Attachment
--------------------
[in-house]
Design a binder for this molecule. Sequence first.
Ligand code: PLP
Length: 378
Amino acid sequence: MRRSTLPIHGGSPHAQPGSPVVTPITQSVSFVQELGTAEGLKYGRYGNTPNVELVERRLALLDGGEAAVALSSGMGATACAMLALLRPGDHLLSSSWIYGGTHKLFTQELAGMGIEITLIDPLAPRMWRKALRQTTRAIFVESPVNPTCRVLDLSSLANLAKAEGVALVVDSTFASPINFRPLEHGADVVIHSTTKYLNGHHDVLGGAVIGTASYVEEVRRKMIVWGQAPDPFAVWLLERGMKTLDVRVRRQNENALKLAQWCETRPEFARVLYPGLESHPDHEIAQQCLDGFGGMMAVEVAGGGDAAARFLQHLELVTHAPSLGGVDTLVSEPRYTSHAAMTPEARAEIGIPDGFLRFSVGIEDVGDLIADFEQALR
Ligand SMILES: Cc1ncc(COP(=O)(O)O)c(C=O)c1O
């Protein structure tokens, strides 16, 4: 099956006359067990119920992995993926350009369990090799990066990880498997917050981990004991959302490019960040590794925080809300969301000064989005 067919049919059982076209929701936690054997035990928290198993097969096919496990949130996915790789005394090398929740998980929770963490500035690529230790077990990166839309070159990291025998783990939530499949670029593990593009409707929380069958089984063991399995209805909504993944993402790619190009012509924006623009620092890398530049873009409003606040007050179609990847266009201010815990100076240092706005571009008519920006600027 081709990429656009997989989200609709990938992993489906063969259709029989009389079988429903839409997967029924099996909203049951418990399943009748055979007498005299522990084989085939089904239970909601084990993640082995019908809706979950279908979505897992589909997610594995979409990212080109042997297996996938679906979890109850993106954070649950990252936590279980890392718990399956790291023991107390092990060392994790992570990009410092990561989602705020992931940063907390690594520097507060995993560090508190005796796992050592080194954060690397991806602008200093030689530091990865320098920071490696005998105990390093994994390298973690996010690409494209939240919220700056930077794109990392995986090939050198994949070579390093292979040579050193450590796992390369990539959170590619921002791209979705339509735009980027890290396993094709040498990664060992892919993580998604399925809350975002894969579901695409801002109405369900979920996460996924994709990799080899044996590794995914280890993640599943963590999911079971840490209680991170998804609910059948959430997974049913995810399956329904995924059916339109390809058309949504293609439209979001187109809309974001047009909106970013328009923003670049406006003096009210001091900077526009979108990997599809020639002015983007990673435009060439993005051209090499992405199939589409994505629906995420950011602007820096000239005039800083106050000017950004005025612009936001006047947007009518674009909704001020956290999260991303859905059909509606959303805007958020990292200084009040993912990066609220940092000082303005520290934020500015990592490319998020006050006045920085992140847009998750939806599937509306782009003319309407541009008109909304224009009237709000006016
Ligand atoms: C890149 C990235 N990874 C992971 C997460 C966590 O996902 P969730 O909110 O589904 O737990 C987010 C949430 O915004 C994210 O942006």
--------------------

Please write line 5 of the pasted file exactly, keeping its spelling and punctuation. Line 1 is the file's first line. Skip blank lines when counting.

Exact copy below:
Amino acid sequence: MRRSTLPIHGGSPHAQPGSPVVTPITQSVSFVQELGTAEGLKYGRYGNTPNVELVERRLALLDGGEAAVALSSGMGATACAMLALLRPGDHLLSSSWIYGGTHKLFTQELAGMGIEITLIDPLAPRMWRKALRQTTRAIFVESPVNPTCRVLDLSSLANLAKAEGVALVVDSTFASPINFRPLEHGADVVIHSTTKYLNGHHDVLGGAVIGTASYVEEVRRKMIVWGQAPDPFAVWLLERGMKTLDVRVRRQNENALKLAQWCETRPEFARVLYPGLESHPDHEIAQQCLDGFGGMMAVEVAGGGDAAARFLQHLELVTHAPSLGGVDTLVSEPRYTSHAAMTPEARAEIGIPDGFLRFSVGIEDVGDLIADFEQALR